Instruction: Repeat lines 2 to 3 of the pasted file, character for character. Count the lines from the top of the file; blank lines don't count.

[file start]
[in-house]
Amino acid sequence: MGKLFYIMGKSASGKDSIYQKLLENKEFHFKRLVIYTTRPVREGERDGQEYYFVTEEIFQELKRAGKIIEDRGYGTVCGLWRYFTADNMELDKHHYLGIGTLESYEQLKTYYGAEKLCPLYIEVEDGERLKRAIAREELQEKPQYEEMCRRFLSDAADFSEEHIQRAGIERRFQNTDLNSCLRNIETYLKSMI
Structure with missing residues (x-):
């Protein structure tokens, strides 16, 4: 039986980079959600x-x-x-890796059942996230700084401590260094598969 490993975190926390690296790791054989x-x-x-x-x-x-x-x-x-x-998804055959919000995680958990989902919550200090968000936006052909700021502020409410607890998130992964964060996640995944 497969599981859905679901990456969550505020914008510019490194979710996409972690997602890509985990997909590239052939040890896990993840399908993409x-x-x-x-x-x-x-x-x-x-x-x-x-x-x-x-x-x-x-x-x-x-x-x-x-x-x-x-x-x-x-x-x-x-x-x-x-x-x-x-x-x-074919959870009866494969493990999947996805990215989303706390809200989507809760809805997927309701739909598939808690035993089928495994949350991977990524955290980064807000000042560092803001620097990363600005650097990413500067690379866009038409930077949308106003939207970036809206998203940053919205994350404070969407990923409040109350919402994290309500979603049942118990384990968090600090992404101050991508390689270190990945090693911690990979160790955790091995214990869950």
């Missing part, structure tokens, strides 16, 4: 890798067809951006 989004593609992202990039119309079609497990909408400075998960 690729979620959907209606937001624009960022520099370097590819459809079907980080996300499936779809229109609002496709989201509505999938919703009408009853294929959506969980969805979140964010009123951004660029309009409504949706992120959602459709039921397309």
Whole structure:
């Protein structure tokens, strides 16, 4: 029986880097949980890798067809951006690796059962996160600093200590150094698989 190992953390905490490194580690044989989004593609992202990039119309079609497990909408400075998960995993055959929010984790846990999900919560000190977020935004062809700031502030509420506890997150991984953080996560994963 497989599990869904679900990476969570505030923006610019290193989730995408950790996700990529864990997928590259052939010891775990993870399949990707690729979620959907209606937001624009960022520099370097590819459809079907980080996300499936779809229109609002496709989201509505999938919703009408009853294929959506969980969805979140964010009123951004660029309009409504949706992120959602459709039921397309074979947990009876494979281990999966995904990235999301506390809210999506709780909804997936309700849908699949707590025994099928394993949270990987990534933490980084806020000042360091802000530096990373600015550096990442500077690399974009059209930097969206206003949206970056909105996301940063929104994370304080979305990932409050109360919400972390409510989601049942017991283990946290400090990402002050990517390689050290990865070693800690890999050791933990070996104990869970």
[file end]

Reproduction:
Amino acid sequence: MGKLFYIMGKSASGKDSIYQKLLENKEFHFKRLVIYTTRPVREGERDGQEYYFVTEEIFQELKRAGKIIEDRGYGTVCGLWRYFTADNMELDKHHYLGIGTLESYEQLKTYYGAEKLCPLYIEVEDGERLKRAIAREELQEKPQYEEMCRRFLSDAADFSEEHIQRAGIERRFQNTDLNSCLRNIETYLKSMI
Structure with missing residues (x-):